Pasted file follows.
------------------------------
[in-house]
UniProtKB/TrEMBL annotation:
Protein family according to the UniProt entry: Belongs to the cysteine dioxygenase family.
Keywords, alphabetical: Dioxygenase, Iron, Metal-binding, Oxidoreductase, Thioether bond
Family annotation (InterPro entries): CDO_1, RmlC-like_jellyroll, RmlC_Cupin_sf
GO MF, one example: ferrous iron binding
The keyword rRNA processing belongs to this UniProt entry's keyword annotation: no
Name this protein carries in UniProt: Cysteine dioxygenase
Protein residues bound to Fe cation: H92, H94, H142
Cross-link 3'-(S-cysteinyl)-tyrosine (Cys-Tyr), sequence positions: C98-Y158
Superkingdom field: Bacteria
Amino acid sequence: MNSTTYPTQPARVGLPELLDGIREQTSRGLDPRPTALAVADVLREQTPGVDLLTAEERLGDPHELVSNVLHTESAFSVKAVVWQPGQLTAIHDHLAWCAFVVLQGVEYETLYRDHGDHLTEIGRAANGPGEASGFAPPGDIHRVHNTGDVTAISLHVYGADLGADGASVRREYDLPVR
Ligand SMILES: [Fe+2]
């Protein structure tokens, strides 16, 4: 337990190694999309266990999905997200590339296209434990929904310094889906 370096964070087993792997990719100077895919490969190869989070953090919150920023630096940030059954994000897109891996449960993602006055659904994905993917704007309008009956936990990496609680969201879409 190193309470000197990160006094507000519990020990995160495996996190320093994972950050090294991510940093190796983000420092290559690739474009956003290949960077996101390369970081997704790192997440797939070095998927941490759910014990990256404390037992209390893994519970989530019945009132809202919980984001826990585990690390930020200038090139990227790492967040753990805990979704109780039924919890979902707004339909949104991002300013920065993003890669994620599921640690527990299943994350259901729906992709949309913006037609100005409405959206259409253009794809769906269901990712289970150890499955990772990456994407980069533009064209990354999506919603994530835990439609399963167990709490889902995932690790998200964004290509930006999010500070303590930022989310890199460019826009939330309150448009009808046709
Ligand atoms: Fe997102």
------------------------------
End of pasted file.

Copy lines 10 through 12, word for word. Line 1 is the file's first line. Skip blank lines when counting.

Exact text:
Cross-link 3'-(S-cysteinyl)-tyrosine (Cys-Tyr), sequence positions: C98-Y158
Superkingdom field: Bacteria
Amino acid sequence: MNSTTYPTQPARVGLPELLDGIREQTSRGLDPRPTALAVADVLREQTPGVDLLTAEERLGDPHELVSNVLHTESAFSVKAVVWQPGQLTAIHDHLAWCAFVVLQGVEYETLYRDHGDHLTEIGRAANGPGEASGFAPPGDIHRVHNTGDVTAISLHVYGADLGADGASVRREYDLPVR